4 Ways to Avoid a Running Injury on Race DayMarch 2, 2020
An injury can become a runner's ultimate race-day spoiler. But there are simple ways to avoid injuries and enjoy running.
"Most people who get injuries are new to running," says Dr. Nickolas Boutris, orthopedic surgeon specializing in sports medicine at Houston Methodist. "But all runners should be conscious of common injuries while training so they can perform their best on race day."
Dr. Boutris identifies these injuries that may plague runners:
- Achilles tendon injuries. This painful overuse injury happens when the large tendon in the back of the ankle becomes irritated and inflamed. It's most commonly found in middle-aged runners.
- Knee injuries. When knees twist suddenly while bearing weight, the meniscus (aka the shock absorber of the knee) can tear. A meniscus tear may also occur with the tearing of an anterior cruciate ligament (ACL).
- Sprains, strains and muscle pulls. Ankle sprains and strains generally occur due to tripping over an unseen obstacle or inadequate stretching. Small muscle tears can affect nearly any muscle that is overused.
- Stress fractures. This type of injury is often caused by overtraining, insufficient calcium or a flaw in training style, such as an uneven running stride.
"Ignoring an injury or nagging pain can turn into a big problem if left undiagnosed," Dr. Boutris adds. "You could be risking further damage to an injury that may be fixed with a relatively simple treatment."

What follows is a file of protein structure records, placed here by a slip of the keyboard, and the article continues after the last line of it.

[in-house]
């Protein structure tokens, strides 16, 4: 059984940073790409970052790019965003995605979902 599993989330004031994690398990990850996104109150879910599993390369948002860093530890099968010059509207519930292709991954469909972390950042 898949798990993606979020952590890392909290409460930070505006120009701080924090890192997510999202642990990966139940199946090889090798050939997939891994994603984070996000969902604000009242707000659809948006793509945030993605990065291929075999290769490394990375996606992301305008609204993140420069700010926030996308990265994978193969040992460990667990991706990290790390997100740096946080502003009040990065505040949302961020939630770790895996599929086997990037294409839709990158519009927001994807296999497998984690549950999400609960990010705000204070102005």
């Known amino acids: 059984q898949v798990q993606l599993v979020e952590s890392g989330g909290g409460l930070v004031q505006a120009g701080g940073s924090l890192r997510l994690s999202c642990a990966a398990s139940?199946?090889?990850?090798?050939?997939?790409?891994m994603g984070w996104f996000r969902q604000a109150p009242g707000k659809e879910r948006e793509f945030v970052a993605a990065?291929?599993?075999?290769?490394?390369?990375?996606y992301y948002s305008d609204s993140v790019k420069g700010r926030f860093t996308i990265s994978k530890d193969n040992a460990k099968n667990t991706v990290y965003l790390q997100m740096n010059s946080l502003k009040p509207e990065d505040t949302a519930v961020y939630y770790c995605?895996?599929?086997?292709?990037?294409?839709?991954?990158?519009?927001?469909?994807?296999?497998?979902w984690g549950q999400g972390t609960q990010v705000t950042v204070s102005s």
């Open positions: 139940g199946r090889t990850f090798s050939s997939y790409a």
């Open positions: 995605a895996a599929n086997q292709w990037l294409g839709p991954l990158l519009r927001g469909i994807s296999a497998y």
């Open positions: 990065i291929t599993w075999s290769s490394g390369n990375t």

Take these steps toward pain-free training
"There are steps you can take to minimize pain and injuries while training," Dr. Boutris says.
Choose proper footwear
When running a marathon, the last thing you want to do is to make missteps when it comes your running shoes. Rather than wear shoes that are too new, too old or just aren't right for your foot, visit an athletic or specialty running-shoe store where the sales staff is knowledgeable about what shoe type works best for your running style. And, keep in mind, sock type can also be important in avoiding blisters.
Race-day tip: Stick with what you know. On the morning of the race, wear shoes and socks you know you can run in comfortably.
Assess your fitness level
An assessment provides a benchmark of your fitness based on strength, flexibility and cardiovascular endurance to help you set realistic training goals. Ask your doctor or a certified trainer how to perform an assessment and set training goals.
Race-day tip: Track your mileage and taper the length and intensity of your workouts in the weeks leading to the race.
Overuse injuries can easily occur if your training only includes runs. Cross-training helps you increase cardiovascular endurance while giving your running muscles a break. Add workouts in the pool, on an elliptical machine or on a bike to break up your routine.
Race-day tip: Cross-train as you taper to maintain flexibility and strength without fatiguing your running muscles.
A safe way to avoid an injury is to stretch before and after training — every time you run. Develop a routine that involves stretching the major muscle groups of both your upper and lower extremities. Stretching and staying hydrated are the two most important "to-do" items on your race-day checklist.
Race-day tip: Make time for stretching in your race-day routine.